Winter preparedness: M-S boys' basketball competes in shootouts, summer leagues

Mahomet-Seymour boys' basketball is going to look different next winter. Veteran head coach Chad Benedict is gone. Cory Noe, one of the top scorers in M-S history, graduated and will suit up for Illinois Wesleyan University. Underrated leader Noah Benedict also graduated, and his vocal presence will be hard to replace.

But with departures, there comes a big window of opportunity.

Even though it's summer, new head coach Ryan Bosch hasn't eased up on the new-look Bulldogs. M-S has traveled to Lincoln, Purdue University and Illinois State University for shootouts this summer. All throughout the month of June, M-S hosted summer league games at the Fieldhouse every Tuesday night, where they could play an average of two or three games.

"We've started to figure out how we're going to play and look like as a team," Bosch said. "I've got a little better sense of the depth chart and what the rotations will look like as we get going; how we can set kids up for success and what those roles will look like."

Without Noe, Benedict and a host of productive seniors, the Bulldogs struggled a little bit down at the Lincoln shootout, but they found their stride at a loaded Purdue shootout.

"Went to Lincoln early in the summer for a shootout and honestly didn't play horribly, but didn't play consistently," Bosch said. "I think we were overcoming our early-season time together over there. We went to Purdue for a one-day team shootout against some of the cream of the crop in the state of Indiana, and we went 2-2. That was kind of the turning point for us in the summer.

"We started to see some groups gel together and some guys start to figure out what we were asking of them. We went to Illinois State a couple weeks ago for a four-game shootout, and we went 3-1 over there. The momentum really carried over from the Purdue trip."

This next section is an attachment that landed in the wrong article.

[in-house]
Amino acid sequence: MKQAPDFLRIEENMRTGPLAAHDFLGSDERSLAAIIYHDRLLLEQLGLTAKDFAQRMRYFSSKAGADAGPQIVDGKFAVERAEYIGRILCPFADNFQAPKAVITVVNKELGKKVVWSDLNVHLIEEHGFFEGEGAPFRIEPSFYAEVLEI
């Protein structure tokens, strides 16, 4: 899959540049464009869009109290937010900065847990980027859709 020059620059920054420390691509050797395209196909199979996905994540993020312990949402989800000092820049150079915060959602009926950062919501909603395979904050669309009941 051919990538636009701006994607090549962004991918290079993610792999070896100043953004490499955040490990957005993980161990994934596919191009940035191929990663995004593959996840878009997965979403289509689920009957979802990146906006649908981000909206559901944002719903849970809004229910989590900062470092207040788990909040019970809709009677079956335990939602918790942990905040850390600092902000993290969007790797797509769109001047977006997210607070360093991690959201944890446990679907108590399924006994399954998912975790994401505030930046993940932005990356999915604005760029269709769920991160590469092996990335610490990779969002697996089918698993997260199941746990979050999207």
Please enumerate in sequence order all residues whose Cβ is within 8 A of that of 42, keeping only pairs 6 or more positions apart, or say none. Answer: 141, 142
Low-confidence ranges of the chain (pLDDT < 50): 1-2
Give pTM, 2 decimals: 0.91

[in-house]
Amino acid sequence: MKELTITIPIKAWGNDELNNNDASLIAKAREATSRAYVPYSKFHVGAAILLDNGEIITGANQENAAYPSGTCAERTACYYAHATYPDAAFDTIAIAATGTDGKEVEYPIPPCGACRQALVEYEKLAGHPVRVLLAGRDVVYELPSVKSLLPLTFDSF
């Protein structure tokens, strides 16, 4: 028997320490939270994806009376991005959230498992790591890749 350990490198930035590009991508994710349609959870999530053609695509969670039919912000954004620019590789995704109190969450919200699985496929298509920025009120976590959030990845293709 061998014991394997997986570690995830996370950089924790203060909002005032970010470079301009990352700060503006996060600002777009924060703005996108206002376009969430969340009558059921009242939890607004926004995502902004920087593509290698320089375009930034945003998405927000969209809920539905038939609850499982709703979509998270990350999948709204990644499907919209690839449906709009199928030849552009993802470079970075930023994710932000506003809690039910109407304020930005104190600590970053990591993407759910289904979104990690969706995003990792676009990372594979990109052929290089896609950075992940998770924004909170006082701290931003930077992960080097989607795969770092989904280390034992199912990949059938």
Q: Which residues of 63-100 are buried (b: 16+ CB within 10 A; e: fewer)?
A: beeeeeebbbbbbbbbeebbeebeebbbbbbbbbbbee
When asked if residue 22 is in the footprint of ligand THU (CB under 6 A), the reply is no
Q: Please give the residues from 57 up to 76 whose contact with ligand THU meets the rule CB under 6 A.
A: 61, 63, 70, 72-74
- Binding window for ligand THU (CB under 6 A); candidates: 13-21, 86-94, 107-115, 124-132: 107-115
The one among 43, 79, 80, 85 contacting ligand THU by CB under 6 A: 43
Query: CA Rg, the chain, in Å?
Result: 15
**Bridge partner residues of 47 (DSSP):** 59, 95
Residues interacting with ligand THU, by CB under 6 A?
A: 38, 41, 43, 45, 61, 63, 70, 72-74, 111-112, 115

A lot of the main contributors for basketball are multi-sport athletes. Senior Dawson Finch is going to play a lot of minutes for Bosch this winter, but he's also the starting quarterback for the football team and plays baseball this summer. Senior Jordan Veldman also is playing basketball, football and baseball this summer.

"I think the thing that's really been exciting is that work ethic that the guys have shown," Bosch said. "They've worked to make their schedules functional with basketball because we have a lot of multi-sport athletes, we have a lot of kids getting pulled in different directions and the numbers have been very, very good.

"To brag on Dawson a little bit, he went from football lifting, walked out of the weight room straight into the gym for league games, and then left early so he could go play baseball like that. I'm really appreciative of the leadership that he shows, and his commitment."

Finch and Veldman will be counted on to lead the charge defensively. Last year, they both came off the bench behind Noe and Benedict and their roles really weren't geared around scoring. That will change to some extent this upcoming season, but their defensive identity will revolve around Finch and Veldman.